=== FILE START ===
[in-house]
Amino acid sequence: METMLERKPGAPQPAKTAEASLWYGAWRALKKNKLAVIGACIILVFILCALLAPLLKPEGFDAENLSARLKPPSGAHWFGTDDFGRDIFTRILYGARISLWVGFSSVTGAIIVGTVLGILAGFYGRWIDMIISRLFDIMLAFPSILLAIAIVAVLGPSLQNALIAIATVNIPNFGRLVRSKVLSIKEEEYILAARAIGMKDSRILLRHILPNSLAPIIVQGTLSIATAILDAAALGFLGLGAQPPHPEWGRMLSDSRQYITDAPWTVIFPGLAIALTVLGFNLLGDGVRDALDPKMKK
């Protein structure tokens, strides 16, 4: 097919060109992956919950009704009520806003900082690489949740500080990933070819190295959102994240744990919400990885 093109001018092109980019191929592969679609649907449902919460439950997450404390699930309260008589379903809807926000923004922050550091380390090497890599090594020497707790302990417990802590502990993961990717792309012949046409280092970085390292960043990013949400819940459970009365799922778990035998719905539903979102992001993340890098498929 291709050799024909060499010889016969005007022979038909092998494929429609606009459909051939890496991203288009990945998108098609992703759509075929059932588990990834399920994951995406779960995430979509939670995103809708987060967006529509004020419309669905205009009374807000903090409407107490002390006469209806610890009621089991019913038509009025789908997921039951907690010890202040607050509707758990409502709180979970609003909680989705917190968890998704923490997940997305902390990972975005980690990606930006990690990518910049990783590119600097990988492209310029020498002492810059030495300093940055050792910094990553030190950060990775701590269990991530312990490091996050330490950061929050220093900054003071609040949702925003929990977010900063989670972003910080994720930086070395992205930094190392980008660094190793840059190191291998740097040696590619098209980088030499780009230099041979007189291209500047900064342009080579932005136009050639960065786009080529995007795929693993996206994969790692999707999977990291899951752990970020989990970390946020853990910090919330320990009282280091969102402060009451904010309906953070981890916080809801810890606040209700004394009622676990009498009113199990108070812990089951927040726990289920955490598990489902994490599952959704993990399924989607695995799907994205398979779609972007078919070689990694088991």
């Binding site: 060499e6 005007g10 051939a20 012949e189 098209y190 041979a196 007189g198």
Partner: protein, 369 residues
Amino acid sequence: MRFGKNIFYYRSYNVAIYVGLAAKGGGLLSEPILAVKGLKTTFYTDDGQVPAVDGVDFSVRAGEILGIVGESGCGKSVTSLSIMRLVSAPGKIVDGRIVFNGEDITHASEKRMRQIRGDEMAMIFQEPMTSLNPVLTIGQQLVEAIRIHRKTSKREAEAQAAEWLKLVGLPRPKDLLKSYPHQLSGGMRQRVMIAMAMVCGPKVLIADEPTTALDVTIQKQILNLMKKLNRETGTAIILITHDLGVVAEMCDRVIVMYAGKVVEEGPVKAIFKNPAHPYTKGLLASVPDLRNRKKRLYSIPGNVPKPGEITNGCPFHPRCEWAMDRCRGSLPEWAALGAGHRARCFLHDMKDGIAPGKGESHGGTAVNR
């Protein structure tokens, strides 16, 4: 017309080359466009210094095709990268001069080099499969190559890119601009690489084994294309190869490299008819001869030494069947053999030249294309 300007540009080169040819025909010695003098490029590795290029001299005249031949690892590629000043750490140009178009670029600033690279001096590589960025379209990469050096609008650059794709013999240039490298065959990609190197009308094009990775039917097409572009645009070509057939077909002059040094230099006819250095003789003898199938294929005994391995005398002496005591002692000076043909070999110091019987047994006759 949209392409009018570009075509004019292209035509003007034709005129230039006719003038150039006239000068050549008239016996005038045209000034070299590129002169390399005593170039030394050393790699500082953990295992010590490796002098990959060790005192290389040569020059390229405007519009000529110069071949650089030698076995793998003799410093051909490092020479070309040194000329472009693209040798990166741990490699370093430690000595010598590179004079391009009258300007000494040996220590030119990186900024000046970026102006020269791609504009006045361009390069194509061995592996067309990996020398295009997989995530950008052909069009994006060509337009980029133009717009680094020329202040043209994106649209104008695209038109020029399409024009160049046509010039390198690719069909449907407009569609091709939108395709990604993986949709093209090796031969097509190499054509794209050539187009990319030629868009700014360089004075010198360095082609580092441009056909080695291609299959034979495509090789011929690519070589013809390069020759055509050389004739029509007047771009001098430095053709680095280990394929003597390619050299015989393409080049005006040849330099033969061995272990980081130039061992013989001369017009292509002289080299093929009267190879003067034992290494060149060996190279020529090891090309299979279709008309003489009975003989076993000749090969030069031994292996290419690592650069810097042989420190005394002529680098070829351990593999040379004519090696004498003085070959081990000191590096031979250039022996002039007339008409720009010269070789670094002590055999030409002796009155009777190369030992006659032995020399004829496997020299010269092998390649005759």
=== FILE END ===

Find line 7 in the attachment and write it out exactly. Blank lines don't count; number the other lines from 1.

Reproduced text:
């Protein structure tokens, strides 16, 4: 017309080359466009210094095709990268001069080099499969190559890119601009690489084994294309190869490299008819001869030494069947053999030249294309 300007540009080169040819025909010695003098490029590795290029001299005249031949690892590629000043750490140009178009670029600033690279001096590589960025379209990469050096609008650059794709013999240039490298065959990609190197009308094009990775039917097409572009645009070509057939077909002059040094230099006819250095003789003898199938294929005994391995005398002496005591002692000076043909070999110091019987047994006759 949209392409009018570009075509004019292209035509003007034709005129230039006719003038150039006239000068050549008239016996005038045209000034070299590129002169390399005593170039030394050393790699500082953990295992010590490796002098990959060790005192290389040569020059390229405007519009000529110069071949650089030698076995793998003799410093051909490092020479070309040194000329472009693209040798990166741990490699370093430690000595010598590179004079391009009258300007000494040996220590030119990186900024000046970026102006020269791609504009006045361009390069194509061995592996067309990996020398295009997989995530950008052909069009994006060509337009980029133009717009680094020329202040043209994106649209104008695209038109020029399409024009160049046509010039390198690719069909449907407009569609091709939108395709990604993986949709093209090796031969097509190499054509794209050539187009990319030629868009700014360089004075010198360095082609580092441009056909080695291609299959034979495509090789011929690519070589013809390069020759055509050389004739029509007047771009001098430095053709680095280990394929003597390619050299015989393409080049005006040849330099033969061995272990980081130039061992013989001369017009292509002289080299093929009267190879003067034992290494060149060996190279020529090891090309299979279709008309003489009975003989076993000749090969030069031994292996290419690592650069810097042989420190005394002529680098070829351990593999040379004519090696004498003085070959081990000191590096031979250039022996002039007339008409720009010269070789670094002590055999030409002796009155009777190369030992006659032995020399004829496997020299010269092998390649005759």